In the Mediterranean, ancient peoples, especially the Romans, mostly used fibulae and ancient brooches because the climate didn’t require people to cover themselves up too much.
The first buttons arrived here with the Barbarians, the Germanic peoples who lived in the cold and had to find a way to not freeze to death.
But perhaps the most interesting thing about buttons is that they have always been more than just a way to unite two strips of cloth.
In the 18th century, their function was almost entirely cosmetic: the richest people of the time had a sort of open challenge as to who had the most important, expensive buttons sewn on their cuffs as if they were medals.
They would commission the best artisans and painters to decorate them.
They were an indicator of social status.
Certainly. To the point that there were specific laws that prohibited the commoners from sewing more than 50 silver buttons on their jackets―to prevent them from giving an impression of unmerited aristocracy.
The number of buttons worn was a sort of declaration of wealth. They flaunted them. That’s why, in Italian, the rooms that hold meetings between powerful people are called “stanze dei bottoni” or “rooms of the buttons.”
Wow. Were buttons used for other non-functional-to-the-closing-of-your-pants activities?
Absolutely. They were used as currency: when travelers ran out of money, they would detach a button from their jackets and use them to pay for things.
Another funny story related to buttons is one about Frederick the Great, who allegedly forced his troops to sew buttons on their sleeves so they wouldn’t be able to wipe their noses with them.
You also had portrait buttons that were painted with the faces of your loved ones and that soldiers would sew on the inside of their uniforms to keep their lover next to their hearts so that nobody besides themselves could see it.
How romantic. Men used to be much more sentimental.
Well, if you consider all the lace, the leggings, the decorative buttons, and the jewelry, men used to be much more adorned, accessorized, and frou-frou than today.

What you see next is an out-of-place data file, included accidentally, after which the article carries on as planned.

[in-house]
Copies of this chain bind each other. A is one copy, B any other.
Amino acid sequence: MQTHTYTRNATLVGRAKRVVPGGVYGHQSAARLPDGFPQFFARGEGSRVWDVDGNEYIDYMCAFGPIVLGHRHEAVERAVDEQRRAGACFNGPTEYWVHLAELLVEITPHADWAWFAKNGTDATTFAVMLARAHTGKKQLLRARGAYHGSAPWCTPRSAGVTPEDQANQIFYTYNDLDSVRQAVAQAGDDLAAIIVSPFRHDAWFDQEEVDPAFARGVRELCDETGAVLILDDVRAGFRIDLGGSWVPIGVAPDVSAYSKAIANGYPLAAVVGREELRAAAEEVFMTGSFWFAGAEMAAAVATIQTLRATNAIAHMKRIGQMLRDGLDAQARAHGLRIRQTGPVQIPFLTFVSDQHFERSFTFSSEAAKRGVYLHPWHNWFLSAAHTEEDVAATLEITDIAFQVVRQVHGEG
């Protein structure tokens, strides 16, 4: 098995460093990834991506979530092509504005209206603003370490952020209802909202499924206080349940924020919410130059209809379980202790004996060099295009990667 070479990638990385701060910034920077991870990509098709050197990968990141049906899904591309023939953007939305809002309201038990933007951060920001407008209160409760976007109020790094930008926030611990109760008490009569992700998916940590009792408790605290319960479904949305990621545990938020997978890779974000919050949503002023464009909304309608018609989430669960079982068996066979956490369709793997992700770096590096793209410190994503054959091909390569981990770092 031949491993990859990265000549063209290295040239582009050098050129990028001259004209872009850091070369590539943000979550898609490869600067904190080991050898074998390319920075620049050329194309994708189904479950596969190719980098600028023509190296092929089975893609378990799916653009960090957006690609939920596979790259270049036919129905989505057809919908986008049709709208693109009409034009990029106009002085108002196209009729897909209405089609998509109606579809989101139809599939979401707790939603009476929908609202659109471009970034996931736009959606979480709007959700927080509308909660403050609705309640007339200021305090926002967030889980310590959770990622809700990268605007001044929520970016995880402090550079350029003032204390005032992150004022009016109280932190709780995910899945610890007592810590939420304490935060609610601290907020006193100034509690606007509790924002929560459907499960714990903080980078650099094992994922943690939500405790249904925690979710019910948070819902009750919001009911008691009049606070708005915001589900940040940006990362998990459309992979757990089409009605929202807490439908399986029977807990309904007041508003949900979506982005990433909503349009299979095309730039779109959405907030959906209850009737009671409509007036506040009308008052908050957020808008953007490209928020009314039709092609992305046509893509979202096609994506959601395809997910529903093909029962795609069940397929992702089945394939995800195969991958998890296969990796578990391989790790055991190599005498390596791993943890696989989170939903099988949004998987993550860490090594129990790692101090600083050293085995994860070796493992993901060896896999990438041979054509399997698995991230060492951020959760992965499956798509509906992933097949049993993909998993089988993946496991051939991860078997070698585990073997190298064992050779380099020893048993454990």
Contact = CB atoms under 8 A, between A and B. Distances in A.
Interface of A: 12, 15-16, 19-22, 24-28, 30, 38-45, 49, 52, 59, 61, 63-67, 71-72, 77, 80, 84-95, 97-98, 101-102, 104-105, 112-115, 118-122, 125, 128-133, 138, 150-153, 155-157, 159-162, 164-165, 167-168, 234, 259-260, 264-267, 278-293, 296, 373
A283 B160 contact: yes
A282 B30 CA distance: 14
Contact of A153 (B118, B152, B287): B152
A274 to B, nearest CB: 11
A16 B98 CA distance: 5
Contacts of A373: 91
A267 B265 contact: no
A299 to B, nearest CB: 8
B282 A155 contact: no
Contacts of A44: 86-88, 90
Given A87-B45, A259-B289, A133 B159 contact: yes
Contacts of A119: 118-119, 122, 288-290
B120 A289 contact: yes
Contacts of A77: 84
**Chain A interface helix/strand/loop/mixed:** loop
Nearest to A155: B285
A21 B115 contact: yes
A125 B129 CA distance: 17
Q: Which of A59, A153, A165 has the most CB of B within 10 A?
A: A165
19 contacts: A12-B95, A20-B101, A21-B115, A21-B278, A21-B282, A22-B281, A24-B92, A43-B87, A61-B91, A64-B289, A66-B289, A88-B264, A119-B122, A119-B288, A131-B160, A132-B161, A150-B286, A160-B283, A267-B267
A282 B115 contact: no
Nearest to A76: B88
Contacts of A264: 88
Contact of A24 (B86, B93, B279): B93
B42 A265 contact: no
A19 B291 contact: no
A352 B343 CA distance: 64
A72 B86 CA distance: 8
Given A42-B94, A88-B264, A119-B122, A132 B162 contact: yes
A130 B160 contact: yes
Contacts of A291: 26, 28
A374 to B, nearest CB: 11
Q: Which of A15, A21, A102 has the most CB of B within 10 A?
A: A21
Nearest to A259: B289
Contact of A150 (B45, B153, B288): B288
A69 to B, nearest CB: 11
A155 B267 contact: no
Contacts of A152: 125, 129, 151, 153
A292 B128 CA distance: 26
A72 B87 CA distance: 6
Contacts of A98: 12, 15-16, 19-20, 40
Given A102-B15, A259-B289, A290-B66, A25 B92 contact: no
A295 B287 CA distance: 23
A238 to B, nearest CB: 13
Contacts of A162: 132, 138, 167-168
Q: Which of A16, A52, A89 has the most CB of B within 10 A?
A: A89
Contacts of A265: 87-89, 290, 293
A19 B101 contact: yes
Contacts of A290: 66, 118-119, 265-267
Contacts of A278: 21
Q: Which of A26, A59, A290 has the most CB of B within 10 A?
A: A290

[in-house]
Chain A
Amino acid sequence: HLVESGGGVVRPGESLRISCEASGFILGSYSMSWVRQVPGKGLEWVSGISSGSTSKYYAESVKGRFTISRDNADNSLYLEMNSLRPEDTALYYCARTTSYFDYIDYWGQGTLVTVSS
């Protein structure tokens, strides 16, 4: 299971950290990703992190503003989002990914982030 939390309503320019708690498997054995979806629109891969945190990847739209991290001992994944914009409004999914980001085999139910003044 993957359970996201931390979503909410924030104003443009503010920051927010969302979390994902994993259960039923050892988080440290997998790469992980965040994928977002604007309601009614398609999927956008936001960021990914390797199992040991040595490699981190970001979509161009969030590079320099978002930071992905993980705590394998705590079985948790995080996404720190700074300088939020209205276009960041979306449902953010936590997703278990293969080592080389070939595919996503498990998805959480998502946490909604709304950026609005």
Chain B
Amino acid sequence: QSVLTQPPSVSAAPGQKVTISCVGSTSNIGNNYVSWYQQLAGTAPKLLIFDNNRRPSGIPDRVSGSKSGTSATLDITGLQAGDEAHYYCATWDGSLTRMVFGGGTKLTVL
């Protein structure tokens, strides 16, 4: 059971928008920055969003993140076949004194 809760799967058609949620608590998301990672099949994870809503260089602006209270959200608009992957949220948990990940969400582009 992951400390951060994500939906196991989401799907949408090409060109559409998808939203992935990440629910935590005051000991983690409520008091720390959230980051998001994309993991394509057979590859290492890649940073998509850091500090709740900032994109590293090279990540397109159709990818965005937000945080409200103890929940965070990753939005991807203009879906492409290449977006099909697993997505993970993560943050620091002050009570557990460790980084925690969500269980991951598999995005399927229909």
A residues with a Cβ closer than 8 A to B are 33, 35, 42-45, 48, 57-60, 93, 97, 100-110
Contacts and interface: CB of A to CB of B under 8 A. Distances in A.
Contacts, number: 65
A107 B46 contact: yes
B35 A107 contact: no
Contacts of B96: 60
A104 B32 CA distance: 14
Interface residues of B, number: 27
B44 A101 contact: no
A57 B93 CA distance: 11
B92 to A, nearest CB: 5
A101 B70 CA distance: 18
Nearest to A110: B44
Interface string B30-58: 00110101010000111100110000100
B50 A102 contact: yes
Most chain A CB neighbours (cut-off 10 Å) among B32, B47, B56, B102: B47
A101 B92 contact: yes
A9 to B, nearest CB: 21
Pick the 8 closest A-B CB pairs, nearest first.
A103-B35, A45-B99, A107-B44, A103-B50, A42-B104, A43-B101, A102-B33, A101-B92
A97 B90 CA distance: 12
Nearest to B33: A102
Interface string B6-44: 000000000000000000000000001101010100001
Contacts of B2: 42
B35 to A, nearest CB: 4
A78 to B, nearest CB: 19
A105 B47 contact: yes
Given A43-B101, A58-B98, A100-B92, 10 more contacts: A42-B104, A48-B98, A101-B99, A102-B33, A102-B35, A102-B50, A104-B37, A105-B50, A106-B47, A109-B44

Buttons were a completely male accessory for centuries. Women were much more somber in their garb. In the Middle Ages, the female body was something to hide and protect, so much so that women used to sew their clothes shut in the morning and undo the sewing at night.
Buttons weren’t used on women because they implied easy access to their bodies, an opening.
Around the 19th century, they began appearing on women’s wear in the form of an endless line of straps and buttons.
Quite complicated, but it was at least somewhat of an opening to the body.
So, the proliferation of buttons can be seen as a sexual-liberation barometer?
Of course! A sexual liberation that reaches its apogee with the zipper, i.e., the easiest possible way to undress someone.
In my entire career as a fashion collector, only once I considered collecting material concerning zippers. But they are so boring! They are all identical. Where’s the fun in that?
Plus, zippers are dangerous.
Ah. Yes. I don’t use them very much. I wear pants with buttons. I find them more romantic and more solid. And much cuter.
For sure. “Cute as a button” is one of my favorite figures of speech in English.
Well, “button” has a double connotation, both positive and negative, and both stem from the idea of buttons being tiny.
You can say something “isn’t worth a button” and at the same time that someone is “as cute as a button.”
The concept of the button is very versatile and can be applied to anything.
It’s what made buttons huge in communication, marketing, and advertising, and also in literature. And again, it’s incredible to think all of this comes from a tiny circle of wood, glass, porcelain, or horn.
So, what designers were most into playing with buttons?
About buttons Christian Dior used to say, “The detail is as important as the essential. When it is unfortunate, it destroys everything.”
Moschino also took the role of the button very seriously, up to the point of creating musical or political buttons with messages like “Save Nature” flashing on them. He was a genius.
Last question: How many buttons do you actually own?
I have around ten million in this atelier, and they are all on sale. My personal collection, which I will never sell, counts around 70,000 choice cuts.
Whoa. Well, thanks for your time, Mister Button.
Mister Button? At this age, to quote my granddaughter, I should better be known as Grandpa Button.
Interview: Serena Pezzato
Photos: Tommaso Fiscaletti